A love story need not be obligatory when telling a hero’s story, but it should be considered a part of hero narratives.
For centuries, the hero’s journey was more-or-less been about the male cultural hero (with a few notable exceptions), but whether it was about a man or a woman, the hero narrative was fairly straightforward for what it needed to be: hero is born into into uncertain circumstances, called to adventures, given training/weapons/aid/some-combination-thereof, fights great (and often symbolic) evil, faces death in some significant way, returns or is remembered in such a way as to affect society from there-on-out.
This kind of mythic legend informs our modern superhero stories, and if you look at a lot of 80s action movies, our films too.
Here’s the problem: The audience has changed.
Originally a lot (but again not all) of these stories were told by old men for the benefit of young men and love was really not a factor, and when it was, it was an impetus to adventure (save the damsel, win the princess’s hand, and so on).
Now however, we are not telling these stories to provide lessons to young warriors, but to inspire young people of all genders, religions and creeds into being more than they thought they could be, and more than anything, to entertain.
As a result, the old pattern needs amended.
Imagine Tony Stark’s story if the film was presented more like it is in the comics. In the comic books, Tony Stark is very much James Bond. He has a new love interest every few issues, and when he does have a long-time love, she gets killed or otherwise removed from the picture. The film, however, took his first (and most common) love interest and made her an integral part of his story. Not a damsel to be rescued (until the latest film), but a reason to be a better person.
The same goes for Thor. In the comics, he loved Jane Foster for several years of published comics, but Sif has often been established as his “prophesied love,” which is unfortunate, because there is little chemistry there in most stories involving the two. In the movie, Jane became, again, an integral part of the story. She was the reason for him to become a better person (rather than in the comic, years of medical training and living as a doctor).
These changes helped open up the story beyond the expected audience. Women (and yes, men) who are not as eager to watch a movie about big strong guys beating up other big strong guys now have a new reason to watch. No, not to watch “a love story,” but to see an emotionally involving story on multiple levels. Not just “can the hero overcome evil,” but “can the hero recognize what is really important.”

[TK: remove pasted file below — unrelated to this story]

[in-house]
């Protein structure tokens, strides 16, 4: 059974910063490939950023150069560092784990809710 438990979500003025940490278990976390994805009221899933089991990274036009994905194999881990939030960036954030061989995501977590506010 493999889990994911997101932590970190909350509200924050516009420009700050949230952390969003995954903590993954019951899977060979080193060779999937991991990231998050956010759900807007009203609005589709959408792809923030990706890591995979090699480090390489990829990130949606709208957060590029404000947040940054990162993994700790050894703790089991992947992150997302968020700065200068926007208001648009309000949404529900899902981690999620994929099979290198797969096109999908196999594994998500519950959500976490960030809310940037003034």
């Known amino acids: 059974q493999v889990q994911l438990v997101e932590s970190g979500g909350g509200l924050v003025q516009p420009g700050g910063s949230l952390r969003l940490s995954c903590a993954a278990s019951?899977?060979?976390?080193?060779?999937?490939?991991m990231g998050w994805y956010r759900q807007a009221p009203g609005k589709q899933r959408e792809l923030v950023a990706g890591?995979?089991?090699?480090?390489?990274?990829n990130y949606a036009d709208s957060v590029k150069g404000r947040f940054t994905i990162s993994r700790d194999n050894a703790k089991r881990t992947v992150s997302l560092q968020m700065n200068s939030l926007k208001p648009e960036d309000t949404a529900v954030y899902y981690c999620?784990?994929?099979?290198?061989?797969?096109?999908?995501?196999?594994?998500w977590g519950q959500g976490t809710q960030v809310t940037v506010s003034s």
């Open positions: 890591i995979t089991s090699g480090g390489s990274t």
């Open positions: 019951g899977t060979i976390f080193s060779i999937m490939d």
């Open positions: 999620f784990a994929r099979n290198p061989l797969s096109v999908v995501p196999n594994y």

As mentioned before, my wife first pointed this out to me. I was opposed to the idea at first, as it ran contrary to my accepted view of gender-neutral heroics, but regardless of gender or sexuality, larger audiences want to see the hero find happiness.
This applies to male heroes as much as female heroes. The love story shouldn’t be the main goal or the driving force of the story, but it should be an important part of it.
All that being said, a love story should not be forced into a hero’s journey where it doesn’t fit.
Man of Steel is the perfect example of what not to do. If the movie ended with Lois and Superman just staring into each other’s eyes, as there was an obvious attraction of some sort, that would’ve been fine, but forcing the kiss? That was unnecessary and didn’t make sense.
Similarly, Arthur Dent is supposed to be the quintessential antihero who doesn’t get the girl and doesn’t save the day, so by having him do both of these things, the American-produced Hitchhiker’s Guide to the Galaxy film missed the point.
But hero romances just don’t work they way they used to. As fun and successful as Kingsman: The Secret Service was, the film lost many critics with its final scene. Today’s audiences aren’t the same ones that happily watched James Bond find a new girl (or two or three) each movie.
And not every hero needs a love interest. If by some miracle Hollywood realizes Michelle Rodriguez would be the perfect female action hero (like Sigourney Weaver before her), let’s hope they don’t try to shoehorn in a love story. Also that they don’t kill or maim her during the film.
If you want a successful hero franchise, consider whether the hero could find love, and if so, make it a meaningful one. Audiences will love you for it.